"It was next to impossible for a brand to be deviced which the brand burners couldn't change.
"I heard of one brand which had the brand burners stumped. The brand was known as the year brand. The figures of the year in which the branding was did were placed on the critters. For example: If we were to brand a critter this year, of 1938, the one would be placed on the flank, the nine and three on the hips and the eight on the jaw. That brand was used by a ranch up in the Wyo. country.
"When the cattle business began to pick up Bolin started to increase he herd. He too began to give the unbranded critters special attention. Orders were given to us waddies to brand all critters which we found grazing in our section without a brand. We were finally paid a bonus of 50 for each critter we found and placed the 'JB' brand onto it. To be honest about it, we waddies didn't over look any bets and brandedr critters where ever we located it even if it was in some other territory. We generally found a reason for riding into other territory- when we thought no one would see us.
"We were kept busy and the crew was increased to 15 hands and the herd grew to better than 10,000 head. Then the outfit was furnished with a cook, an old negro which had been a slave on Bolin's home place, and Tom was a tolerable good cook. We were furnished with a hoss wrangler too and our outfit became a real cowcamp.
"Our remuda was increased to around 100 hosses. That provided each rawhide with six horsses in his string and a few extra. Horses were used up mighty fast on a cow ranch and it was the wranglers job to keep the remuda full of fresh hosses. I have seen five of six hosses ruined during one stampede. Some would be [solosed?], wind-broken or ruined otherwise from overriding. Some would step in a hole while running and break a leg and then have to be shot.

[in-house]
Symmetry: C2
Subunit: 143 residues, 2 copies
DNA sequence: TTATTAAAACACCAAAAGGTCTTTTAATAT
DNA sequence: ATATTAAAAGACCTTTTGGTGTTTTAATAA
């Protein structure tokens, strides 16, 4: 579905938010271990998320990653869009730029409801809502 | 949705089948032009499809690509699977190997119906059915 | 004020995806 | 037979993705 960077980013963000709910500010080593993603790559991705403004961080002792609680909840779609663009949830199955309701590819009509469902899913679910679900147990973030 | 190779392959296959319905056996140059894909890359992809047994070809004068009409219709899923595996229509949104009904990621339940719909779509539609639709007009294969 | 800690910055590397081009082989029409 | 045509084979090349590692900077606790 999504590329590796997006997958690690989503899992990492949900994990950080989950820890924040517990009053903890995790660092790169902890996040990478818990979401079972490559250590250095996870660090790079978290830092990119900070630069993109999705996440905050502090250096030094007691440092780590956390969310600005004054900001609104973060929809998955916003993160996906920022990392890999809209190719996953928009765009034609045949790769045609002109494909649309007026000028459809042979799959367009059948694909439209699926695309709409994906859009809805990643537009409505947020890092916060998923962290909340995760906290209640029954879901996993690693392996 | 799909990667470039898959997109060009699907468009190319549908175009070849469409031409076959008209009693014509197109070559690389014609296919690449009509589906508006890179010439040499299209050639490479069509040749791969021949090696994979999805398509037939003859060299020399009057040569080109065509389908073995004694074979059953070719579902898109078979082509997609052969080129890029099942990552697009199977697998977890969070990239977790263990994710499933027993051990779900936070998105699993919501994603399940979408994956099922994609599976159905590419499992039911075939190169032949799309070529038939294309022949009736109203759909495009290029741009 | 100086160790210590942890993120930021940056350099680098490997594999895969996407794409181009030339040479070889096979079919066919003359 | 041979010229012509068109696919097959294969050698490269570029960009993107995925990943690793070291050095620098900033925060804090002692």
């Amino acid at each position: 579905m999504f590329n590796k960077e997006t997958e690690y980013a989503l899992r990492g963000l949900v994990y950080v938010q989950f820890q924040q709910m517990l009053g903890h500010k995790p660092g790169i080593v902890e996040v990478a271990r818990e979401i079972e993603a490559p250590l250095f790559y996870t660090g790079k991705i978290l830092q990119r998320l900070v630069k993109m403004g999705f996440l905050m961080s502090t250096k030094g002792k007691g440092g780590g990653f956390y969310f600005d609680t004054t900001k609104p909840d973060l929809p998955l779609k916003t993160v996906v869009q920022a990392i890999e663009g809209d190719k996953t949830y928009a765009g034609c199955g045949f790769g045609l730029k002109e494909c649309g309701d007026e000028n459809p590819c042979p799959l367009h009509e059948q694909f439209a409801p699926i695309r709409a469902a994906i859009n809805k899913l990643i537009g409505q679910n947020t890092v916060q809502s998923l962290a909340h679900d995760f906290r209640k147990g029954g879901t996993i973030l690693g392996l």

"When a stampede started at night, or day for that matter, there was no thought of saving hoss flesh. The range held plenty of wild hosses, which could be had for the taking, and cowhosses could be bought broke and ready for work for from a $15 to 35.
Naturally, our worst stampede always happened at night during the worst storms. At such times men or hosses could not see where to step. It was a case of trusting to luck and many times luck seemed to be asleep.

"I am going to tell of one night when we had a stampede which I can't forget. The day had been a hot one and hard one for the critters. The animals didn't do much grazing until about an hour before sunset and them continued to graze past their usual bedding time, which was around dusk. This night a heavy cloud showed suddenly in the North and came on fast. A heavy rain with sky-fire came on. The syk-fire was scaring the critters causing all of us to do plenty of riding in order to hold the animals from going on a run. Suddenly, hail about the size of pigeon eggs began to fall. When the hail hit the critters they decided to go somewhere in spite of hell, highwater of rawhides, and the animals did that pronto.

"While working in that hail storm was, one time I found the ten gallon honk cover a mighty handy article. If we rawhides had been wearing any ordinary hat, the hail stones would would have knocked us loco. Our heads were saved, but the rest of our bodies was full of welts from the pounding of the hail stones. Our hosses were loco from being pelted and we could hardly control the poor devils. About half of the mounts started pitching. Those which were not pitching, were running away from their riders. We were lucky that the cattle and hosses all were going with the storm. In addition to loco, hosses, critters and half loco rawhides, it was dark and we couldn't see what we were running into.